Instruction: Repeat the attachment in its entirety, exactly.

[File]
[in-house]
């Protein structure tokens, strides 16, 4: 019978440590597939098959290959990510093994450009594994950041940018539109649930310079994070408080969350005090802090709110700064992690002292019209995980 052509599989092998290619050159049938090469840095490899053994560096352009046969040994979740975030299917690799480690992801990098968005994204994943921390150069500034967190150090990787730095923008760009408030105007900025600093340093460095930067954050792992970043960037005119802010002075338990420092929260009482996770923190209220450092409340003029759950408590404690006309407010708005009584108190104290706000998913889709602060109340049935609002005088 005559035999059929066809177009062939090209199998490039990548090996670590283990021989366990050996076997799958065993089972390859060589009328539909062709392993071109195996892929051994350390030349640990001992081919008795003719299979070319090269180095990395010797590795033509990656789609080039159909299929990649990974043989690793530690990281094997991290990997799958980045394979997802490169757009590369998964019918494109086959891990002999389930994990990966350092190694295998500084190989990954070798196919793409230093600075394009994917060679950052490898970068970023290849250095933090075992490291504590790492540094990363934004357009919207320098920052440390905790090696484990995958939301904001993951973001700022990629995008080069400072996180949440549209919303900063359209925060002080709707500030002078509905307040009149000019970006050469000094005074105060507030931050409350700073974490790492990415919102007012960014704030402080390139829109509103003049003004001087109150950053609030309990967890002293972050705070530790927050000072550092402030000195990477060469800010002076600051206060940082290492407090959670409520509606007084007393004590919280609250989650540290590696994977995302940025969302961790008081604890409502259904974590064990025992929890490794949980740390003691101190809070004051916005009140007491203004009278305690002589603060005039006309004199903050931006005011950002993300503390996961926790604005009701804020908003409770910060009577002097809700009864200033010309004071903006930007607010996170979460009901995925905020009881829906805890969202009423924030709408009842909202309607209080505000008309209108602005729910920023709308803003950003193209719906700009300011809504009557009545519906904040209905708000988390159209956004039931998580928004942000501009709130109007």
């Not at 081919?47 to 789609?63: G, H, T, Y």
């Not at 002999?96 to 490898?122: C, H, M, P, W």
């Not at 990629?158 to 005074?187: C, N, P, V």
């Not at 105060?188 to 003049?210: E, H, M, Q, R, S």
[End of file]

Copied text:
[in-house]
């Protein structure tokens, strides 16, 4: 019978440590597939098959290959990510093994450009594994950041940018539109649930310079994070408080969350005090802090709110700064992690002292019209995980 052509599989092998290619050159049938090469840095490899053994560096352009046969040994979740975030299917690799480690992801990098968005994204994943921390150069500034967190150090990787730095923008760009408030105007900025600093340093460095930067954050792992970043960037005119802010002075338990420092929260009482996770923190209220450092409340003029759950408590404690006309407010708005009584108190104290706000998913889709602060109340049935609002005088 005559035999059929066809177009062939090209199998490039990548090996670590283990021989366990050996076997799958065993089972390859060589009328539909062709392993071109195996892929051994350390030349640990001992081919008795003719299979070319090269180095990395010797590795033509990656789609080039159909299929990649990974043989690793530690990281094997991290990997799958980045394979997802490169757009590369998964019918494109086959891990002999389930994990990966350092190694295998500084190989990954070798196919793409230093600075394009994917060679950052490898970068970023290849250095933090075992490291504590790492540094990363934004357009919207320098920052440390905790090696484990995958939301904001993951973001700022990629995008080069400072996180949440549209919303900063359209925060002080709707500030002078509905307040009149000019970006050469000094005074105060507030931050409350700073974490790492990415919102007012960014704030402080390139829109509103003049003004001087109150950053609030309990967890002293972050705070530790927050000072550092402030000195990477060469800010002076600051206060940082290492407090959670409520509606007084007393004590919280609250989650540290590696994977995302940025969302961790008081604890409502259904974590064990025992929890490794949980740390003691101190809070004051916005009140007491203004009278305690002589603060005039006309004199903050931006005011950002993300503390996961926790604005009701804020908003409770910060009577002097809700009864200033010309004071903006930007607010996170979460009901995925905020009881829906805890969202009423924030709408009842909202309607209080505000008309209108602005729910920023709308803003950003193209719906700009300011809504009557009545519906904040209905708000988390159209956004039931998580928004942000501009709130109007």
């Not at 081919?47 to 789609?63: G, H, T, Y």
């Not at 002999?96 to 490898?122: C, H, M, P, W």
């Not at 990629?158 to 005074?187: C, N, P, V």
């Not at 105060?188 to 003049?210: E, H, M, Q, R, S």